The AFL study, which bases its findings on figures obtained from Statistics Canada, Citizenship and Immigration, Human Resources Services and Development Canada, and census figures, shows the correlation between Alberta's unemployment rate, wages and the growing number of temporary foreign workers being brought in to Alberta.
The numbers in the study state that despite the economic recovery experienced by the country, and particularly Alberta since 2008, the number of people making $13/hour or less has remained the same since the height of the recession in 2008 likely due to the continuing flood of underpaid foreign workers, states the report.
The youth unemployment rate has also remained steady since 2009, again, due to an unprecedented number of unskilled foreign workers coming into the province, it adds.
Numbers show that Alberta youth unemployment (ages between 15 and 24) is actually on the rise, with the rate growing from 26,900 during the recession, to 38,200 in 2011.
The number of workers in Alberta aged 20 to 24 remains effectively unchanged (200,500 workers in 2009; 200,600 in 2011). But the number of young people earning less than $13/hour has actually increased. In 2009, 54,200 young Albertans earned $13/hour or less, in 2011, it was 54,800. Low wages and high unemployment are a growing phenomenon for young people in Alberta.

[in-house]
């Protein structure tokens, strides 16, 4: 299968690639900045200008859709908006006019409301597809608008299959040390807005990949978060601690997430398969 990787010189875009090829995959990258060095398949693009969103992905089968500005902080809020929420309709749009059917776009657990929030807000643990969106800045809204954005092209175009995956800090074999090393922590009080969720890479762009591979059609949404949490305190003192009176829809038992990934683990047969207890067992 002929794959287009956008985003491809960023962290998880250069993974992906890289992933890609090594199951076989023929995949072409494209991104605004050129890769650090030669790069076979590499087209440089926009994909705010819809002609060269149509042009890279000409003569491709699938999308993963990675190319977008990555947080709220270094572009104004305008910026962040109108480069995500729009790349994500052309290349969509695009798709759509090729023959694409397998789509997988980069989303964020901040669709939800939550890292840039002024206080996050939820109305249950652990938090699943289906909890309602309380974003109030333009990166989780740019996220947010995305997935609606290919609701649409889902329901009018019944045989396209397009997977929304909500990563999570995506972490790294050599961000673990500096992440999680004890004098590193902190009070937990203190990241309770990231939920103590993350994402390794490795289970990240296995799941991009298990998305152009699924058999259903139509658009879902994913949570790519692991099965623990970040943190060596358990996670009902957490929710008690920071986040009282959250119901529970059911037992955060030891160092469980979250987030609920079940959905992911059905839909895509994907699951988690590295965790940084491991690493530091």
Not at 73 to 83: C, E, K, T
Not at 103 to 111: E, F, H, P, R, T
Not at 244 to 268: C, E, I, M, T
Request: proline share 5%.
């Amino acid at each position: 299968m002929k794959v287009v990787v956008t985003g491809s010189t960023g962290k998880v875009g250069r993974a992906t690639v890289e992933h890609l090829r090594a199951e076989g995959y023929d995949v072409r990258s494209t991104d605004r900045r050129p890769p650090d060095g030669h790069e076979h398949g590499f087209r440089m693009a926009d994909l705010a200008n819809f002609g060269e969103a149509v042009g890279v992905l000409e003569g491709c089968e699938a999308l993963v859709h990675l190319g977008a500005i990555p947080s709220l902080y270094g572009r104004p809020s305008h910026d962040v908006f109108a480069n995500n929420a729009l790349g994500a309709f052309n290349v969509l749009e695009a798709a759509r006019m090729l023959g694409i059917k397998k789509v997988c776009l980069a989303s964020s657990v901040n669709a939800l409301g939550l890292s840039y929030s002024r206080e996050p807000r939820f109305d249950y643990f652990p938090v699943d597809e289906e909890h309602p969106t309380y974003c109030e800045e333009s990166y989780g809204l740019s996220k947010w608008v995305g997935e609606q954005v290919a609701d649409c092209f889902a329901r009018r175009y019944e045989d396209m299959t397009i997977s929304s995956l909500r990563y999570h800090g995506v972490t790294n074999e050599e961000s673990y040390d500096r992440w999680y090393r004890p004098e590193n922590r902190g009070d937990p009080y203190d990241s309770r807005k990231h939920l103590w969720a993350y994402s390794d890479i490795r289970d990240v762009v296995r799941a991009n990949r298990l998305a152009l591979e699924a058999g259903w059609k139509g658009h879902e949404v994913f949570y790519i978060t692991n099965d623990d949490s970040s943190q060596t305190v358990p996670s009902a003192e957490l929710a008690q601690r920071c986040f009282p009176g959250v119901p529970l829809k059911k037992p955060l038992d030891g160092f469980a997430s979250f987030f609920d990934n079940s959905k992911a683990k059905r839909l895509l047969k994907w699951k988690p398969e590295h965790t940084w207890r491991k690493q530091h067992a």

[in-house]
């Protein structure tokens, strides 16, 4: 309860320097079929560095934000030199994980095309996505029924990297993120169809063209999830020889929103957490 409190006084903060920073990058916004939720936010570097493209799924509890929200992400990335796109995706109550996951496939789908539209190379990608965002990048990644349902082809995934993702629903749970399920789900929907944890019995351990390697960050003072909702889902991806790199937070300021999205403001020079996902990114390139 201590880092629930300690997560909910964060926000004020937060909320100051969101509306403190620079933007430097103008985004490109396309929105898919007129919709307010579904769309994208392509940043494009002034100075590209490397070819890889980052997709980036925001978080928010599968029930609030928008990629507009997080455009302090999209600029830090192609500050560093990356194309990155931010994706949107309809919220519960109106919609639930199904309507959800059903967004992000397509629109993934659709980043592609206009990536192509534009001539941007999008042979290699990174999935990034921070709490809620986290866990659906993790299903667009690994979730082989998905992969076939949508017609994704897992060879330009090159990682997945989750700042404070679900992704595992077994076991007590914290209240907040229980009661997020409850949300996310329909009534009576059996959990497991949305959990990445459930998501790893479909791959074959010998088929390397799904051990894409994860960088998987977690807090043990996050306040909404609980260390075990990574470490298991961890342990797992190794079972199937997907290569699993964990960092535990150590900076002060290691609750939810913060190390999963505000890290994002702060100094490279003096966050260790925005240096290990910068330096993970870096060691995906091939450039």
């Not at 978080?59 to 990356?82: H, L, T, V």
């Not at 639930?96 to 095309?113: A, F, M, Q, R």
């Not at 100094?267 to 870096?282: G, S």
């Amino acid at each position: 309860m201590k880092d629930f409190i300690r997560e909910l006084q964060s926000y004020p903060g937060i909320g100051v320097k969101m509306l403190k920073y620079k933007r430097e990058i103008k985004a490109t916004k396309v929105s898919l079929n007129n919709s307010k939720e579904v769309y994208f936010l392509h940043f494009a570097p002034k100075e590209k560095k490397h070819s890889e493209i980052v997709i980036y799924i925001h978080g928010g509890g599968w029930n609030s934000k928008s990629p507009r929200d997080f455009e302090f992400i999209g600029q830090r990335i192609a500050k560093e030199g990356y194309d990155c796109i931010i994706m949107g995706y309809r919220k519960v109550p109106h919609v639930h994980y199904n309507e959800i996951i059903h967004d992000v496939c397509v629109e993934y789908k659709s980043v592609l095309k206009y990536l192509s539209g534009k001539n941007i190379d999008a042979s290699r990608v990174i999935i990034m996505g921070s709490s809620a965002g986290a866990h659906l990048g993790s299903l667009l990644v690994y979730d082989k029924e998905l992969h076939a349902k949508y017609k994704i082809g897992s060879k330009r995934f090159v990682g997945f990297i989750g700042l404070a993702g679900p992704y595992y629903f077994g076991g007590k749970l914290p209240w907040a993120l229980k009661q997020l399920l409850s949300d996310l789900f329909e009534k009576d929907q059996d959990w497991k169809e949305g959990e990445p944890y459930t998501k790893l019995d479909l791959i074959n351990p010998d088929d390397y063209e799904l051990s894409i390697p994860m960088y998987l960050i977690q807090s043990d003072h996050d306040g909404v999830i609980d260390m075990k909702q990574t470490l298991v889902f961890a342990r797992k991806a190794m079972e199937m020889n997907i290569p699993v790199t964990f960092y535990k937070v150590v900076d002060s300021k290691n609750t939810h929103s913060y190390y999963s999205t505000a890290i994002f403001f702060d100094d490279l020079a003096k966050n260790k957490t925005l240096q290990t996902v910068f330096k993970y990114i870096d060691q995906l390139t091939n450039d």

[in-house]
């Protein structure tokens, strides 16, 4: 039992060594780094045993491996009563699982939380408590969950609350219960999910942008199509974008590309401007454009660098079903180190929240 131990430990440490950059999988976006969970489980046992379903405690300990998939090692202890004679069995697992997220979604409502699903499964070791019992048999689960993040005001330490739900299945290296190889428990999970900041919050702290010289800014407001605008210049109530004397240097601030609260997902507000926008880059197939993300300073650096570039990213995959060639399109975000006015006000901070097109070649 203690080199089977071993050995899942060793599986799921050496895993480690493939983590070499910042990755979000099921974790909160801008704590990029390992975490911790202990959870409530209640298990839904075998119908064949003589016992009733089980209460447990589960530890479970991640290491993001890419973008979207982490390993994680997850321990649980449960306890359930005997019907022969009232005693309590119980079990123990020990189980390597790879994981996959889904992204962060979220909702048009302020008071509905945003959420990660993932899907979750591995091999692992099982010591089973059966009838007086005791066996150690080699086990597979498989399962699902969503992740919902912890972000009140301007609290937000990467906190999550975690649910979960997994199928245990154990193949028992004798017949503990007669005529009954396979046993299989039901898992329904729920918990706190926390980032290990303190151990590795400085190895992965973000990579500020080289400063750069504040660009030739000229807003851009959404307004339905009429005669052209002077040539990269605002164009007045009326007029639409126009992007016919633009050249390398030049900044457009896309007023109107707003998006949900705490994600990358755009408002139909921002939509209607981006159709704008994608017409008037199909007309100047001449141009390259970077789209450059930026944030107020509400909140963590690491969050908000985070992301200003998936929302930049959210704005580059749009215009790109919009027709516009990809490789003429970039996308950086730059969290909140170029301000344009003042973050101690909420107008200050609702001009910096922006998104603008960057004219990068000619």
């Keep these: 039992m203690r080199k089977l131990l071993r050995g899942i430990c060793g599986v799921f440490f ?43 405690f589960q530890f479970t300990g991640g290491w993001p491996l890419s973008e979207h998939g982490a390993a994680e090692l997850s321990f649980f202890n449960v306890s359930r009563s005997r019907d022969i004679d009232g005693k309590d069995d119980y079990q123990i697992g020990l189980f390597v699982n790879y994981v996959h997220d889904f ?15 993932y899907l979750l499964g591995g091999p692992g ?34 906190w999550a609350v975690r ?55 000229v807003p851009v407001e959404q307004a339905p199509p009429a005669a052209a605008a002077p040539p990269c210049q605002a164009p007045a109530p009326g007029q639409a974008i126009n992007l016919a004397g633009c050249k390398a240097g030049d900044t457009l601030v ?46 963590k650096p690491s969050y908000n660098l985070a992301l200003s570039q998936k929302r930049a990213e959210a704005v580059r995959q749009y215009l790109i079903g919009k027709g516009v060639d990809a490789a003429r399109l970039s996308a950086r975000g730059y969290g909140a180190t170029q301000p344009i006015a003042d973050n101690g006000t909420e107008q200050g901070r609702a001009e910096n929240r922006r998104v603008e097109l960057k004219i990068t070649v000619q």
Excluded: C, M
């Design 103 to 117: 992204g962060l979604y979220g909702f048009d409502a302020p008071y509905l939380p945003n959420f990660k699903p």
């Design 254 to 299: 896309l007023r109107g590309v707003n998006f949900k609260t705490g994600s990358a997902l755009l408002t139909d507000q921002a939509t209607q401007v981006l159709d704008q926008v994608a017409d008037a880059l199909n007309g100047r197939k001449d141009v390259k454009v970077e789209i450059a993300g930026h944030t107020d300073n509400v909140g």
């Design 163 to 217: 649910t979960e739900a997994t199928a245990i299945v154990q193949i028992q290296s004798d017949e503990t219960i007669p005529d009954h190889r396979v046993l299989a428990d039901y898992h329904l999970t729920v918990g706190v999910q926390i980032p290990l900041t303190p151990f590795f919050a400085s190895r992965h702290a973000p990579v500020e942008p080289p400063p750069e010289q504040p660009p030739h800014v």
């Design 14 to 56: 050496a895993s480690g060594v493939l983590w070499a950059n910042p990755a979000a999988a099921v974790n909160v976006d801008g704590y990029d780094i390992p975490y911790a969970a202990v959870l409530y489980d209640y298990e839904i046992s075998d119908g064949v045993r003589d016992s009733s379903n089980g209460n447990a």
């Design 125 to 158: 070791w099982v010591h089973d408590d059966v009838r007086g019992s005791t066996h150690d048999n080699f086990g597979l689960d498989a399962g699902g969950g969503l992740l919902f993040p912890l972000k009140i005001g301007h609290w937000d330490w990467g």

Particularly in these sectors, there was never really a shortage of labour, states the report. What there was, was a shortage of people willing to do those jobs for less money, it states.
"The evidence is stark: Alberta employers are bringing in more TFWs than are needed to fill the new jobs the economy is creating... labour market conditions are not dictating TFW policy," states the report.
"Outside booming oilsands regions, the situation can be far more stark. Consider Medicine Hat, where the economy has shed more than 10,000 jobs since 2008 but hundreds more Temporary Foreign Workers arrive."
Additionally, many workers are being forced to become involuntary part-time employees, further driving down wages and the need for benefits.
During the height of the recession, in 2009, small-town Alberta saw the arrival of 13,480 new TFW, adding to the 29,385 already present, as 18,500 jobs disappeared.